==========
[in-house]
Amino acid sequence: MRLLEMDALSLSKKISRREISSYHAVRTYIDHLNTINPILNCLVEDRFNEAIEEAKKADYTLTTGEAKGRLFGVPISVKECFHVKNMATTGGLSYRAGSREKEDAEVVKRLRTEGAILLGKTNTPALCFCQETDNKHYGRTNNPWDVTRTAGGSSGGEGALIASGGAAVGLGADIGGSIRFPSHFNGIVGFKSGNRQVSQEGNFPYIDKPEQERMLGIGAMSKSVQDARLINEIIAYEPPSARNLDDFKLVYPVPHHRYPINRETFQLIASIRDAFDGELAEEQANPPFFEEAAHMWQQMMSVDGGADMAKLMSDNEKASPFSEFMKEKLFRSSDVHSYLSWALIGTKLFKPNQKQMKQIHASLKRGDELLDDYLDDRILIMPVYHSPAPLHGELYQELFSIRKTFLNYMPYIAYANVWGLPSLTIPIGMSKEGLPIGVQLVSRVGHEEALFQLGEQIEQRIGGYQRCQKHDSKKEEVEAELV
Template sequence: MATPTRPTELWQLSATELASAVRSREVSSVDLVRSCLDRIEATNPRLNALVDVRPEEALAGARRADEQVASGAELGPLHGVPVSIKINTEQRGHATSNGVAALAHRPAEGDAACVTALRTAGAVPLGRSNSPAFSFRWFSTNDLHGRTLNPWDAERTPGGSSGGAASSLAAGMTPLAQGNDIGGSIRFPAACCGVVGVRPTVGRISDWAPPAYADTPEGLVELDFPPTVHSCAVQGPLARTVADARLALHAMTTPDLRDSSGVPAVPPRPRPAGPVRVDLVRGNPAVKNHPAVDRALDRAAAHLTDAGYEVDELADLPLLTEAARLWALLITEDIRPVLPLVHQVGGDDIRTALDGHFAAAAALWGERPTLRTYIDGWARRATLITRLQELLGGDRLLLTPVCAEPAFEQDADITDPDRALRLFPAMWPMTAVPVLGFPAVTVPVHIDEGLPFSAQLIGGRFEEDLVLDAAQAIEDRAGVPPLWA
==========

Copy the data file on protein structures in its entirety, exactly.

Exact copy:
[in-house]
Amino acid sequence: MRLLEMDALSLSKKISRREISSYHAVRTYIDHLNTINPILNCLVEDRFNEAIEEAKKADYTLTTGEAKGRLFGVPISVKECFHVKNMATTGGLSYRAGSREKEDAEVVKRLRTEGAILLGKTNTPALCFCQETDNKHYGRTNNPWDVTRTAGGSSGGEGALIASGGAAVGLGADIGGSIRFPSHFNGIVGFKSGNRQVSQEGNFPYIDKPEQERMLGIGAMSKSVQDARLINEIIAYEPPSARNLDDFKLVYPVPHHRYPINRETFQLIASIRDAFDGELAEEQANPPFFEEAAHMWQQMMSVDGGADMAKLMSDNEKASPFSEFMKEKLFRSSDVHSYLSWALIGTKLFKPNQKQMKQIHASLKRGDELLDDYLDDRILIMPVYHSPAPLHGELYQELFSIRKTFLNYMPYIAYANVWGLPSLTIPIGMSKEGLPIGVQLVSRVGHEEALFQLGEQIEQRIGGYQRCQKHDSKKEEVEAELV
Template sequence: MATPTRPTELWQLSATELASAVRSREVSSVDLVRSCLDRIEATNPRLNALVDVRPEEALAGARRADEQVASGAELGPLHGVPVSIKINTEQRGHATSNGVAALAHRPAEGDAACVTALRTAGAVPLGRSNSPAFSFRWFSTNDLHGRTLNPWDAERTPGGSSGGAASSLAAGMTPLAQGNDIGGSIRFPAACCGVVGVRPTVGRISDWAPPAYADTPEGLVELDFPPTVHSCAVQGPLARTVADARLALHAMTTPDLRDSSGVPAVPPRPRPAGPVRVDLVRGNPAVKNHPAVDRALDRAAAHLTDAGYEVDELADLPLLTEAARLWALLITEDIRPVLPLVHQVGGDDIRTALDGHFAAAAALWGERPTLRTYIDGWARRATLITRLQELLGGDRLLLTPVCAEPAFEQDADITDPDRALRLFPAMWPMTAVPVLGFPAVTVPVHIDEGLPFSAQLIGGRFEEDLVLDAAQAIEDRAGVPPLWA